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Havana Homegrown: Leadership from the Global South

Two things happened to me yesterday:

One, I visited the Beltsvile Agricultural Research Center, a beacon a agricultural research right in our own backyards and where the Sowing Seeds Here and Now! summit is going to be held.  Scientists there are doing amazing research on all sorts of topics very relevant to urban agriculture: community scale composting, high tunnel construction, livestock and public health, and the effect of agriculture on our natural resources.

Then, I watched this video, called Havana Homegrown, about a recent trip to Cuba to learn more about their urban agriculture efforts.  Cubans, not out of scientific foresight, have some of the most advance yet simple urban agriculture programs worldwide.  Since the Revolution, they’ve developed how to grow food in their cities for no other reason than survival.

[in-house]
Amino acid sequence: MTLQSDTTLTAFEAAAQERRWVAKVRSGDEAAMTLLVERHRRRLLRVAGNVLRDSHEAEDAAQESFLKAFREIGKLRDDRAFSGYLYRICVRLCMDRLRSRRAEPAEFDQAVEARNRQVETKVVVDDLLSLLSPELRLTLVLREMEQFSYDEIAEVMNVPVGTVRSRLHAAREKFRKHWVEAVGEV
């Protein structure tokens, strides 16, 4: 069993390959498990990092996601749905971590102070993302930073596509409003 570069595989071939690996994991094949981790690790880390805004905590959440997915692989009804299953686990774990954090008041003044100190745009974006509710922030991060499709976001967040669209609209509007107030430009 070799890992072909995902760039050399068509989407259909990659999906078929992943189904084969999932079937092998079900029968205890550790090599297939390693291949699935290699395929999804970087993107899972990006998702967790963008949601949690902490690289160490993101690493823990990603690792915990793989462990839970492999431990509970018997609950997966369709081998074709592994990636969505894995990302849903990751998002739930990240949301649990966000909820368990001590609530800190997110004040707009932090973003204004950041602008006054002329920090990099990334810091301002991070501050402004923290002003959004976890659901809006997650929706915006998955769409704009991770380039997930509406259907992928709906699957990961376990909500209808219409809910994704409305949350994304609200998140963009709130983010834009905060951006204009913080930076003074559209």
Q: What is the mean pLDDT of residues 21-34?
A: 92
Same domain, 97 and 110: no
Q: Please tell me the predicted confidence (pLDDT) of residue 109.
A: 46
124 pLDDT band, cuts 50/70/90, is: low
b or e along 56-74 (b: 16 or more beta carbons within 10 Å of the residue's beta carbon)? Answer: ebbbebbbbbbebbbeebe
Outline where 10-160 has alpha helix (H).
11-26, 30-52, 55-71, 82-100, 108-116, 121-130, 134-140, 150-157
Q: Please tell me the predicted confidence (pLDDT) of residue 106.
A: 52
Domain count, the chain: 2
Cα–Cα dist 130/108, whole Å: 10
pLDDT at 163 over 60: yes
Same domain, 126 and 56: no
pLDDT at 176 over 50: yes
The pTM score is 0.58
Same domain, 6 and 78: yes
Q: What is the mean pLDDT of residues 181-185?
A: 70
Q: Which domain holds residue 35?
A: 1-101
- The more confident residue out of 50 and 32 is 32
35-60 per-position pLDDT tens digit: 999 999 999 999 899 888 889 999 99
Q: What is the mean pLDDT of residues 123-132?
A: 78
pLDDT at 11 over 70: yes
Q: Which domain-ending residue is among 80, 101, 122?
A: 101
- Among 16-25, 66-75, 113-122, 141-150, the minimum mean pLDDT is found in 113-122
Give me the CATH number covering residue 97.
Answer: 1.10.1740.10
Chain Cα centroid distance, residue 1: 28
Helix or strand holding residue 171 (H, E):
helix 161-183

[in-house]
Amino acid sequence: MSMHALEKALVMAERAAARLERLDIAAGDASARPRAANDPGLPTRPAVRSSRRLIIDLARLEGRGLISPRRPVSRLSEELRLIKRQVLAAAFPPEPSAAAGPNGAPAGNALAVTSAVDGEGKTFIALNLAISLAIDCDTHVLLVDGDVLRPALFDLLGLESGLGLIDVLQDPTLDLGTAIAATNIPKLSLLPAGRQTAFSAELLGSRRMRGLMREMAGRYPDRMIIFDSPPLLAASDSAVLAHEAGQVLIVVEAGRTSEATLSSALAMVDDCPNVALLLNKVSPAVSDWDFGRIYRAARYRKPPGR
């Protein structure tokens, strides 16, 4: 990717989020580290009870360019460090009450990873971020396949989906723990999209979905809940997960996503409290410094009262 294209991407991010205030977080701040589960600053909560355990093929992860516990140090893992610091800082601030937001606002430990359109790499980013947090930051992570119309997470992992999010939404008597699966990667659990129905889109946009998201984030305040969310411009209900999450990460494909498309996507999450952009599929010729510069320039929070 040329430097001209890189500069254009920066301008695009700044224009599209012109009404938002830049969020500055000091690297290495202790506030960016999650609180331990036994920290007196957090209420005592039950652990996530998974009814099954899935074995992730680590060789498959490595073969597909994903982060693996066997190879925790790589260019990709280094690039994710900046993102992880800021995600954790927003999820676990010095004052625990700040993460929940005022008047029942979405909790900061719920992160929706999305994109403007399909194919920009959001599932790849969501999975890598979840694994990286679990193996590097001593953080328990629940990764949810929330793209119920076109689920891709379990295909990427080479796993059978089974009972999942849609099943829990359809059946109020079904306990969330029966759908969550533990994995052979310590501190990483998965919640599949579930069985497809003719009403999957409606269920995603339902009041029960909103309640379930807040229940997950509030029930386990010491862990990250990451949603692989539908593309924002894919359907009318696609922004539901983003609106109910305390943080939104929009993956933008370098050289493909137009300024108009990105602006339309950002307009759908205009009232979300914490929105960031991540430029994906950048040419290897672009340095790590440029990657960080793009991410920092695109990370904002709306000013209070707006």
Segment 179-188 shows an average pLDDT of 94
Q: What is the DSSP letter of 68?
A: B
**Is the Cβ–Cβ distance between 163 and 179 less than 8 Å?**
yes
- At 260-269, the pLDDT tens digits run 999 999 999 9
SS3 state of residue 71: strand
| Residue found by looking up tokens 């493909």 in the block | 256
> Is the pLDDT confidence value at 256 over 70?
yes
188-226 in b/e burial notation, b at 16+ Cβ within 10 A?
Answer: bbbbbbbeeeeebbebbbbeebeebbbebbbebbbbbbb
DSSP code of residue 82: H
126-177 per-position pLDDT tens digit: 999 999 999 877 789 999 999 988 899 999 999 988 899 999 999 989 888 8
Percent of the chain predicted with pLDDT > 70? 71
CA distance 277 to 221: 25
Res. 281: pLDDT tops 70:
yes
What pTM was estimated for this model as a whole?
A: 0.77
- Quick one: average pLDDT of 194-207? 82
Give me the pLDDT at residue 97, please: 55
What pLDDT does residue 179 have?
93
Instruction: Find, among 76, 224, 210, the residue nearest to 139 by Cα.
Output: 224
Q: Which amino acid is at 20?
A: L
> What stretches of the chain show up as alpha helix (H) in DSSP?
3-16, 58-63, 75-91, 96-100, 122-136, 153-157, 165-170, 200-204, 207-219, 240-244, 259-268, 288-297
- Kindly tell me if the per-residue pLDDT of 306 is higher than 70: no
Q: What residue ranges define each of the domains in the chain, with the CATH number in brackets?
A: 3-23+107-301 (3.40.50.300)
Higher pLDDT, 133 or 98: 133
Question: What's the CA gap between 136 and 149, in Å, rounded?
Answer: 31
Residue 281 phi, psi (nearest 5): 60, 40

It strikes me that as northerners (people from the United States and other developed countries), we need to start looking more at case studies and examples of success not just from ourselves, but from our leaders in the Global South.  My hope, and my excitement, is that we will see a merge of the two hemispheres of thought by taking lessons and accepting leadership from places like Havana, and perfecting those techniques in places like Beltsvile.  It also excites me, and it must be stated with pride, that this agricultural revolution is not top down, North to South, developed to underdeveloped, but rather from the grassroots.  Or, as Will Allen would say, its from below the grassroots, where the worms live.

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